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Lifestyle, social class, and obesity-the Copenhagen Male Study.

https://arctichealth.org/en/permalink/ahliterature9206
Source
Eur J Cardiovasc Prev Rehabil. 2005 Jun;12(3):236-42
Publication Type
Article
Date
Jun-2005
Author
Poul Suadicani
Hans OleHein
Finn Gyntelberg
Author Affiliation
The Copenhagen Male Study, Epidemiological Research Unit, Clinic of Environmental and Occupational Medicine, Bispebjerg University Hospital, Copenhagen, Denmark. PS11@bbh.hosp.dk
Source
Eur J Cardiovasc Prev Rehabil. 2005 Jun;12(3):236-42
Date
Jun-2005
Language
English
Publication Type
Article
Keywords
Aged
Cross-Sectional Studies
Denmark - epidemiology
Diet
Humans
Life Style
Male
Middle Aged
Obesity - epidemiology - etiology
Prevalence
Research Support, Non-U.S. Gov't
Risk factors
Social Class
Abstract
OBJECTIVE: With the implicit purpose of identifying relevant intervention targets, the aim of the study was to test if lifestyle factors associated with obesity are unevenly distributed across social groups, and whether an uneven distribution of such factors may contribute to the explanation of social differences in obesity. DESIGN: Cross-sectional study of 3290 men aged 53-75 years (mean=63) carried out in 1985-1986 using in addition, data from a previous baseline established in 1970-1971. Information about lifestyle factors was obtained from a questionnaire validated during an interview. Potential risk factors were smoking history, alcohol consumption, leisure time physical activity (LTPA), and from the 1985-1986 study only: consumption of tea and coffee, use of sugar in tea or coffee, and avoidance of fat in foods. The clinical examination included measurements of height and weight. Obesity was defined as a body mass index > or =30 (BMI=kg/m2). Based on information about education and job profile the men were subdivided into five social classes. RESULTS: Overall, 291 men (8.8%) were obese. The lower the social class the higher the proportion of obese men: in social classes I and II, 4.5% (of 953), social class III, 9.1% (of 636), social class IV, 11.1% (of 1353), and social class V, 11.6% (of 346), P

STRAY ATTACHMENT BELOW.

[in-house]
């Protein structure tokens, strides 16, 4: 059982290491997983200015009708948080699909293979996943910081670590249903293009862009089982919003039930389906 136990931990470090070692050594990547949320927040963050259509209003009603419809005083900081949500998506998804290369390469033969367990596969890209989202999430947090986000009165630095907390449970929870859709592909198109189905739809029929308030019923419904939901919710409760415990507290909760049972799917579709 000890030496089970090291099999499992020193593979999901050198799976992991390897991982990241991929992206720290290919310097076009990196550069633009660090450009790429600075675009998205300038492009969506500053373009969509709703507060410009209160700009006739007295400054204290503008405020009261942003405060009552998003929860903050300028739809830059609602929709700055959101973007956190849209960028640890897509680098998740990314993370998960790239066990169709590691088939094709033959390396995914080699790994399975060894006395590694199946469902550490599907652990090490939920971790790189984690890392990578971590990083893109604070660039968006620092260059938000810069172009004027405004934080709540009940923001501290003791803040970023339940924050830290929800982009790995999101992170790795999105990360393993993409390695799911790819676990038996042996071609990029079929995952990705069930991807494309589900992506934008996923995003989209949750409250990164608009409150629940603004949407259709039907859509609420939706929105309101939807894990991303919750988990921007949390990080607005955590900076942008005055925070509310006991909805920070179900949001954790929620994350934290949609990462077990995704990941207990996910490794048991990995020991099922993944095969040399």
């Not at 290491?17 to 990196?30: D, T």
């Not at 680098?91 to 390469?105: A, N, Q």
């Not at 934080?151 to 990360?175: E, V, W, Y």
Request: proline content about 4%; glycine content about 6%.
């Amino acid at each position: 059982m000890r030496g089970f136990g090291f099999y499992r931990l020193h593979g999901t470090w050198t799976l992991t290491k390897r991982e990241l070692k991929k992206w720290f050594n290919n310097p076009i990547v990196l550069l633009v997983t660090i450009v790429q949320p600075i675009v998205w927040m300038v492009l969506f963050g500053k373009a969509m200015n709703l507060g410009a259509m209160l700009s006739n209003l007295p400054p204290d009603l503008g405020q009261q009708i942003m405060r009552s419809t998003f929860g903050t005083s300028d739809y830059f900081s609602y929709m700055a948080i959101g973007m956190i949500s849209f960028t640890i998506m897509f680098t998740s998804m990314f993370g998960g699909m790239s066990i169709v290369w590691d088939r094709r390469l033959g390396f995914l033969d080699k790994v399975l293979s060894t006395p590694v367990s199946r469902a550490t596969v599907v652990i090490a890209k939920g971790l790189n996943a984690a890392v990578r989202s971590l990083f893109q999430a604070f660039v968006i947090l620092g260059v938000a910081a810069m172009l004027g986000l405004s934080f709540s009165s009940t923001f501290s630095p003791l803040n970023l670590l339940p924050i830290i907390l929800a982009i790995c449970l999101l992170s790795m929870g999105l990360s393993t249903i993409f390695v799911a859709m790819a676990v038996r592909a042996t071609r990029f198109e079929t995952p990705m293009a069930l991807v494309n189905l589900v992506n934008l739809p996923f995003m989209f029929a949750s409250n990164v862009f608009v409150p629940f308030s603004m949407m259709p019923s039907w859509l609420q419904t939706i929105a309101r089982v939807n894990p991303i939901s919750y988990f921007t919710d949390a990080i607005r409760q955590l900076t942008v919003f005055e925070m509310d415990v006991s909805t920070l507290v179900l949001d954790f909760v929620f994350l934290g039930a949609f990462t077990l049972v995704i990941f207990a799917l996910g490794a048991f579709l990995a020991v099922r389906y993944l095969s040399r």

PubMed ID
15942422 View in PubMed
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